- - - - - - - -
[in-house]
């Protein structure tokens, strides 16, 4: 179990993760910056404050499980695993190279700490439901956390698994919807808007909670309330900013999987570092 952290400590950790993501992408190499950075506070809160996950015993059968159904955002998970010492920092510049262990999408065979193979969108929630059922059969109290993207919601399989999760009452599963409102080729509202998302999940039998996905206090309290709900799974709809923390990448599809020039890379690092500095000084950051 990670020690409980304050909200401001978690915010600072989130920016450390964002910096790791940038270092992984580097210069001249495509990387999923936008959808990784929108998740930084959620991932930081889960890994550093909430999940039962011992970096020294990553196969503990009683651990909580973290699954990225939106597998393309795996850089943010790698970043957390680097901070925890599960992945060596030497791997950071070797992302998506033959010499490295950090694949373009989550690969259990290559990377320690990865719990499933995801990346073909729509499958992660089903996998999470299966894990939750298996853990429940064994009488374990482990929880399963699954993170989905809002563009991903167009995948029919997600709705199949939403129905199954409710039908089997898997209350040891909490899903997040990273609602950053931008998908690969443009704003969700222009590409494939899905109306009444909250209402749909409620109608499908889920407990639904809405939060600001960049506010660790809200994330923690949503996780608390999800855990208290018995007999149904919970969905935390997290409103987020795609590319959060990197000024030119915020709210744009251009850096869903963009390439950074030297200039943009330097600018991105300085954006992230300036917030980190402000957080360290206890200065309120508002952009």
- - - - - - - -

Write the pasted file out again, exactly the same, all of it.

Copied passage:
[in-house]
């Protein structure tokens, strides 16, 4: 179990993760910056404050499980695993190279700490439901956390698994919807808007909670309330900013999987570092 952290400590950790993501992408190499950075506070809160996950015993059968159904955002998970010492920092510049262990999408065979193979969108929630059922059969109290993207919601399989999760009452599963409102080729509202998302999940039998996905206090309290709900799974709809923390990448599809020039890379690092500095000084950051 990670020690409980304050909200401001978690915010600072989130920016450390964002910096790791940038270092992984580097210069001249495509990387999923936008959808990784929108998740930084959620991932930081889960890994550093909430999940039962011992970096020294990553196969503990009683651990909580973290699954990225939106597998393309795996850089943010790698970043957390680097901070925890599960992945060596030497791997950071070797992302998506033959010499490295950090694949373009989550690969259990290559990377320690990865719990499933995801990346073909729509499958992660089903996998999470299966894990939750298996853990429940064994009488374990482990929880399963699954993170989905809002563009991903167009995948029919997600709705199949939403129905199954409710039908089997898997209350040891909490899903997040990273609602950053931008998908690969443009704003969700222009590409494939899905109306009444909250209402749909409620109608499908889920407990639904809405939060600001960049506010660790809200994330923690949503996780608390999800855990208290018995007999149904919970969905935390997290409103987020795609590319959060990197000024030119915020709210744009251009850096869903963009390439950074030297200039943009330097600018991105300085954006992230300036917030980190402000957080360290206890200065309120508002952009």